As mentioned, the committee went to great lengths to ensure that all participants clearly understood the parliamentary process and what was expected of them. While most adult Canadians have general knowledge of political institutions, we could not expect the same of the teenagers and tweens. We were, however, pleasantly surprised by their level of awareness about Parliament. To fill any gaps, the committee staff worked with the Grade Eight class and the teacher involved to fully explain how Parliament works and why their input was so valuable to us. During the information session, the clerk explained each step of the process, their responsibilities and what our desired outcome would be. Based on questions during the session and the feedback received, it was concluded that being proactive contributed immensely to the success of this endeavour.

The preparation of the older participants took on two forms. When each youth was invited along with their guardian, the clerk made sure to explain the process by telephone, provide documentation and answer any questions. Furthermore, when they arrived on Parliament Hill, they were assisted by an experienced committee clerk on site prior to their testimony. This gesture served well to alleviate any last minute anxieties.

Mental Health Safeguards

In the lead-up to our meetings with the youth, witness after witness spoke to the committee about the devastating impact cyberbullying had on the lives of victimized children. We heard about teens who were continuously harassed via social media or by text. The committee deliberated at length about the need to hear directly from young victims and the potential negative impact on them. The Senators agreed wholeheartedly to put in place some unconventional but necessary safeguards to protect the mental health of the youth, so as not further victimize them.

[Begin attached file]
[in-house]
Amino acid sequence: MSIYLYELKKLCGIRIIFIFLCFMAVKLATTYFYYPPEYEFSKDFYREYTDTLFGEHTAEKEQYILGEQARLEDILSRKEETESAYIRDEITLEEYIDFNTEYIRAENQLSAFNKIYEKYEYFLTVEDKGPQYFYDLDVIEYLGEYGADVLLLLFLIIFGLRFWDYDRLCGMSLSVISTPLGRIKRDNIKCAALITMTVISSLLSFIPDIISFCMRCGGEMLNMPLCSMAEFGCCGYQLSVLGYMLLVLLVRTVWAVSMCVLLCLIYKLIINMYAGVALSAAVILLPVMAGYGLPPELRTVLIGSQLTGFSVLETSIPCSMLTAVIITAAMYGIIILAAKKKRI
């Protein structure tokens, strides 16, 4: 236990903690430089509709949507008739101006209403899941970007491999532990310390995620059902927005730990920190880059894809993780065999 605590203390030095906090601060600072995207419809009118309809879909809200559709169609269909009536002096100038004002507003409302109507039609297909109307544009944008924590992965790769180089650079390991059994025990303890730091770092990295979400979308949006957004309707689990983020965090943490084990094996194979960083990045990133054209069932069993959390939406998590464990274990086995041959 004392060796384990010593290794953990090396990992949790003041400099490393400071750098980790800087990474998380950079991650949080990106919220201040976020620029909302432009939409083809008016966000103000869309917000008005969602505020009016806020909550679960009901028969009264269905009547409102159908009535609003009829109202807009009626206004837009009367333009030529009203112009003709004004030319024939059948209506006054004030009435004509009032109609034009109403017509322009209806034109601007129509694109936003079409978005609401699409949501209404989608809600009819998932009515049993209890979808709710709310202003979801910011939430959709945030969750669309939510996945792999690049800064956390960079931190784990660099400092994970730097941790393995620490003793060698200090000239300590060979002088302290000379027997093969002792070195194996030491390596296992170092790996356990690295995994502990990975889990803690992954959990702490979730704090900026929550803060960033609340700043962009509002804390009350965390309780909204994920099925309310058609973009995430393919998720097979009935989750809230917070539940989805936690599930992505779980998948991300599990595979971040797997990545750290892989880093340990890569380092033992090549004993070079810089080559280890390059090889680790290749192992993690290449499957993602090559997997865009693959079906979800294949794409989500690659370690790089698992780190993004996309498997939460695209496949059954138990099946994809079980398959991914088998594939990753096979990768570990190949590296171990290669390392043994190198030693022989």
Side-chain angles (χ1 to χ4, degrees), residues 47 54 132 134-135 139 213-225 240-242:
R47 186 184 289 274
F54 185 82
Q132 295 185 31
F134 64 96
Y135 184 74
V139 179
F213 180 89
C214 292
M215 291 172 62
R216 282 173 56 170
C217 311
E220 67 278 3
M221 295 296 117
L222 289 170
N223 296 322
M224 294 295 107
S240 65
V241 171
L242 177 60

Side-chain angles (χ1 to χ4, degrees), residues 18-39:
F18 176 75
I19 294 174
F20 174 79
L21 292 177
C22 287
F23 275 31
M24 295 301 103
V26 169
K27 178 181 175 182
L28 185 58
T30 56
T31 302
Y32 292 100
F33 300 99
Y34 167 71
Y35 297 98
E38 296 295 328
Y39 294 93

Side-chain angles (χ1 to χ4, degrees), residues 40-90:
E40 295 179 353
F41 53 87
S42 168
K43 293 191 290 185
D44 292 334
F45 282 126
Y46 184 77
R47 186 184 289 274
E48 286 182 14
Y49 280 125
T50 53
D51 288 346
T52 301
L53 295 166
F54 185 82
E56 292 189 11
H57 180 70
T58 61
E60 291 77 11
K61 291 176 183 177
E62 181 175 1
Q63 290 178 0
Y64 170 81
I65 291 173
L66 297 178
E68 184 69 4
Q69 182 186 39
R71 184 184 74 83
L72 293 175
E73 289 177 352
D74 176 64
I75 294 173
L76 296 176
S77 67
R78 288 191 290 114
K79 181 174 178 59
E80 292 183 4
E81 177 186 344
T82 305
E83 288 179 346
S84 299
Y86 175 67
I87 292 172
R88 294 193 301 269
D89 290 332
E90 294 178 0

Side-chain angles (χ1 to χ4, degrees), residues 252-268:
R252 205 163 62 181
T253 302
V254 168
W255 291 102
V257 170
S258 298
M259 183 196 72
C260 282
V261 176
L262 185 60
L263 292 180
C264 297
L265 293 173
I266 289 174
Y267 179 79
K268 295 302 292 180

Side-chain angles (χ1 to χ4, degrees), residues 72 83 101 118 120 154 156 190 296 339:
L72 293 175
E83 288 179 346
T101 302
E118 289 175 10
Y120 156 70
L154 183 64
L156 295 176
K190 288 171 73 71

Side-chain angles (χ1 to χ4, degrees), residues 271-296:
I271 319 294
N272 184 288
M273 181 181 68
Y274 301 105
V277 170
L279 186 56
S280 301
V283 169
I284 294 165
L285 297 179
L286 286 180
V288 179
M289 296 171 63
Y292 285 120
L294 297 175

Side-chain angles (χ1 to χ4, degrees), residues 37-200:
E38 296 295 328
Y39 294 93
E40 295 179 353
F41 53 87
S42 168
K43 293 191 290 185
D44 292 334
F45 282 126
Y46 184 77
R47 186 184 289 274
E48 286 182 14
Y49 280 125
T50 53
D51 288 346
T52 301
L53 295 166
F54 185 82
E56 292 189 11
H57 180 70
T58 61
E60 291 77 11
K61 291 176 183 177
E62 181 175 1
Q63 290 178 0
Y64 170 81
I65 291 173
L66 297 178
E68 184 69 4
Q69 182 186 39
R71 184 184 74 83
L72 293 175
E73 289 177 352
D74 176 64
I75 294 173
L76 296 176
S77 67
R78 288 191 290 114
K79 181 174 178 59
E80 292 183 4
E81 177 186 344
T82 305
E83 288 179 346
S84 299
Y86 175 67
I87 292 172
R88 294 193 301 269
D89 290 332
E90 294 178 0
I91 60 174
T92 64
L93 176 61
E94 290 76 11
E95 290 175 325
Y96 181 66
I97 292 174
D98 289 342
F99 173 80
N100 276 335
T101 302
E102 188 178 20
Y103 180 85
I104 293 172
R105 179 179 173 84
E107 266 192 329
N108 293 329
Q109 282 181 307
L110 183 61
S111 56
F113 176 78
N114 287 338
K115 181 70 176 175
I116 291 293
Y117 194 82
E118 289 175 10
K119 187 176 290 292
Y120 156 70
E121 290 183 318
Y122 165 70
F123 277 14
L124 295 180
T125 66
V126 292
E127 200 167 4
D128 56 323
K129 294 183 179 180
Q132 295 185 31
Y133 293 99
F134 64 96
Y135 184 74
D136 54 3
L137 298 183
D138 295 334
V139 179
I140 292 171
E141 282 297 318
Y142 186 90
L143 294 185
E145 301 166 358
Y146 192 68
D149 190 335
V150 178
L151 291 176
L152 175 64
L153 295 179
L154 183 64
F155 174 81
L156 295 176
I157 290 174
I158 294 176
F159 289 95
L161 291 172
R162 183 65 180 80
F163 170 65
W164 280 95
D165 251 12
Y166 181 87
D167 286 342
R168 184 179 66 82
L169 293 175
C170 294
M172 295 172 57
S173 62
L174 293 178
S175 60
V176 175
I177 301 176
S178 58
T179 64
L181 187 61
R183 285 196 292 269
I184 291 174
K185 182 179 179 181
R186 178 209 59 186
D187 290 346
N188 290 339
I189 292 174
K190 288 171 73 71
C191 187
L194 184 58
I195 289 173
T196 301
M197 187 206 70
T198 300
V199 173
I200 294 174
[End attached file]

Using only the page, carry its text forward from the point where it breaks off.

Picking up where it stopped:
We decided to hear from the vulnerable victims in private. When the committee began the study, it anticipated hearing sensitive testimony. It sought permission from the Senate to occasionally hear witnesses in camera which required the suspension of a Senate rule.8 This exemption is not often granted by the Senate and the committee took its responsibility to be open and transparent very seriously. Nonetheless, we judged that the protection of victims justified closing the meeting to the public. The committee also went a step further and limited the attendance of staff only to individuals essential to the proper functioning of a hearing. We also considered our physical setting during our preparations. A small meeting room was chosen instead of a large one in order to make the experience cozy and friendly, as opposed to a big “spectacle.”